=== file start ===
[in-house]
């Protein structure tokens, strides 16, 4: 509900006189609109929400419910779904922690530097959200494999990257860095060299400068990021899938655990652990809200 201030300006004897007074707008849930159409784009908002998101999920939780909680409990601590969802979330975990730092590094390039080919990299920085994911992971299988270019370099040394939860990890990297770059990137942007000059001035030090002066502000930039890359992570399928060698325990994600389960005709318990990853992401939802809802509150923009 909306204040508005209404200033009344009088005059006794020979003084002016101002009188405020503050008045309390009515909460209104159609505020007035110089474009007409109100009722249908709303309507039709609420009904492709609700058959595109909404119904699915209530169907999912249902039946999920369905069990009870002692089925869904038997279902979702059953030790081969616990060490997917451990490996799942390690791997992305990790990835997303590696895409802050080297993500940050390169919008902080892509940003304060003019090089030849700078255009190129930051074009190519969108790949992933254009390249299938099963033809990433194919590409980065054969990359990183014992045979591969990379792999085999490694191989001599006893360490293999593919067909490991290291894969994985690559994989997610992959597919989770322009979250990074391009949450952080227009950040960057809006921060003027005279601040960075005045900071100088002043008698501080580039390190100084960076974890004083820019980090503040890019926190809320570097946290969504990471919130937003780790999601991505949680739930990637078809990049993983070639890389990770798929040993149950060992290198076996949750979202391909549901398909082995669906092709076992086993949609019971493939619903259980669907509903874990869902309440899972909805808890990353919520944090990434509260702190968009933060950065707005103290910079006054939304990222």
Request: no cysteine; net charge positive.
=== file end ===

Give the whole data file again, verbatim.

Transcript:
[in-house]
């Protein structure tokens, strides 16, 4: 509900006189609109929400419910779904922690530097959200494999990257860095060299400068990021899938655990652990809200 201030300006004897007074707008849930159409784009908002998101999920939780909680409990601590969802979330975990730092590094390039080919990299920085994911992971299988270019370099040394939860990890990297770059990137942007000059001035030090002066502000930039890359992570399928060698325990994600389960005709318990990853992401939802809802509150923009 909306204040508005209404200033009344009088005059006794020979003084002016101002009188405020503050008045309390009515909460209104159609505020007035110089474009007409109100009722249908709303309507039709609420009904492709609700058959595109909404119904699915209530169907999912249902039946999920369905069990009870002692089925869904038997279902979702059953030790081969616990060490997917451990490996799942390690791997992305990790990835997303590696895409802050080297993500940050390169919008902080892509940003304060003019090089030849700078255009190129930051074009190519969108790949992933254009390249299938099963033809990433194919590409980065054969990359990183014992045979591969990379792999085999490694191989001599006893360490293999593919067909490991290291894969994985690559994989997610992959597919989770322009979250990074391009949450952080227009950040960057809006921060003027005279601040960075005045900071100088002043008698501080580039390190100084960076974890004083820019980090503040890019926190809320570097946290969504990471919130937003780790999601991505949680739930990637078809990049993983070639890389990770798929040993149950060992290198076996949750979202391909549901398909082995669906092709076992086993949609019971493939619903259980669907509903874990869902309440899972909805808890990353919520944090990434509260702190968009933060950065707005103290910079006054939304990222």
Request: no cysteine; net charge positive.